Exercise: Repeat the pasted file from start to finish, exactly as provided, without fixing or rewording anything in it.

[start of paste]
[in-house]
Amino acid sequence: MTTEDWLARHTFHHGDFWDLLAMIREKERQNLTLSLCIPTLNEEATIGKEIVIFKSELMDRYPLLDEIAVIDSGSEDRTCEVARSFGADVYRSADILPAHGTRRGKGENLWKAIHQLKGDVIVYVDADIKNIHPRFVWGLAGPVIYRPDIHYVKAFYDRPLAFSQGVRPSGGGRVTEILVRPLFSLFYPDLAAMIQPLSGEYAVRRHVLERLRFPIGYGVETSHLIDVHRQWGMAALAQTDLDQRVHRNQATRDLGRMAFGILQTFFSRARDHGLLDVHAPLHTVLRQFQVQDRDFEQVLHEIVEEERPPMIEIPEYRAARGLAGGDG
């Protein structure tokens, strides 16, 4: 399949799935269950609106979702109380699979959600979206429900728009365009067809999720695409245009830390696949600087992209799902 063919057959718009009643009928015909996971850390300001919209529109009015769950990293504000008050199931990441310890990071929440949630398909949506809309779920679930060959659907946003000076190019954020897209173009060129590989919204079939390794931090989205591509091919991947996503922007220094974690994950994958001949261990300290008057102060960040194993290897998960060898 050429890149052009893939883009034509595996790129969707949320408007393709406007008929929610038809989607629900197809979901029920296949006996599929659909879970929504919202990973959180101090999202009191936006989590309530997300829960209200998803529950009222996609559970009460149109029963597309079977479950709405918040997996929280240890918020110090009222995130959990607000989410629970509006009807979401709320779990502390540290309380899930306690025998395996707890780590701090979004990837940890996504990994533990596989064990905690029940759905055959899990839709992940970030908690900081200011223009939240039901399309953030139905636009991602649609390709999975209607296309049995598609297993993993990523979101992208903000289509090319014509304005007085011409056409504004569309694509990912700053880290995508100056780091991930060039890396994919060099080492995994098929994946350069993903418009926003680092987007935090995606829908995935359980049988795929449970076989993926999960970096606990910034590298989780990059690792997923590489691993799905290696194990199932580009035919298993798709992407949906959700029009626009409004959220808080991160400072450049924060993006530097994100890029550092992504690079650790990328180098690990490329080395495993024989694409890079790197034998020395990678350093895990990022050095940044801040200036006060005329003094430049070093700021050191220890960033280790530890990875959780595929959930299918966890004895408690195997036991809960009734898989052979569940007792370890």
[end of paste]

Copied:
[in-house]
Amino acid sequence: MTTEDWLARHTFHHGDFWDLLAMIREKERQNLTLSLCIPTLNEEATIGKEIVIFKSELMDRYPLLDEIAVIDSGSEDRTCEVARSFGADVYRSADILPAHGTRRGKGENLWKAIHQLKGDVIVYVDADIKNIHPRFVWGLAGPVIYRPDIHYVKAFYDRPLAFSQGVRPSGGGRVTEILVRPLFSLFYPDLAAMIQPLSGEYAVRRHVLERLRFPIGYGVETSHLIDVHRQWGMAALAQTDLDQRVHRNQATRDLGRMAFGILQTFFSRARDHGLLDVHAPLHTVLRQFQVQDRDFEQVLHEIVEEERPPMIEIPEYRAARGLAGGDG
């Protein structure tokens, strides 16, 4: 399949799935269950609106979702109380699979959600979206429900728009365009067809999720695409245009830390696949600087992209799902 063919057959718009009643009928015909996971850390300001919209529109009015769950990293504000008050199931990441310890990071929440949630398909949506809309779920679930060959659907946003000076190019954020897209173009060129590989919204079939390794931090989205591509091919991947996503922007220094974690994950994958001949261990300290008057102060960040194993290897998960060898 050429890149052009893939883009034509595996790129969707949320408007393709406007008929929610038809989607629900197809979901029920296949006996599929659909879970929504919202990973959180101090999202009191936006989590309530997300829960209200998803529950009222996609559970009460149109029963597309079977479950709405918040997996929280240890918020110090009222995130959990607000989410629970509006009807979401709320779990502390540290309380899930306690025998395996707890780590701090979004990837940890996504990994533990596989064990905690029940759905055959899990839709992940970030908690900081200011223009939240039901399309953030139905636009991602649609390709999975209607296309049995598609297993993993990523979101992208903000289509090319014509304005007085011409056409504004569309694509990912700053880290995508100056780091991930060039890396994919060099080492995994098929994946350069993903418009926003680092987007935090995606829908995935359980049988795929449970076989993926999960970096606990910034590298989780990059690792997923590489691993799905290696194990199932580009035919298993798709992407949906959700029009626009409004959220808080991160400072450049924060993006530097994100890029550092992504690079650790990328180098690990490329080395495993024989694409890079790197034998020395990678350093895990990022050095940044801040200036006060005329003094430049070093700021050191220890960033280790530890990875959780595929959930299918966890004895408690195997036991809960009734898989052979569940007792370890």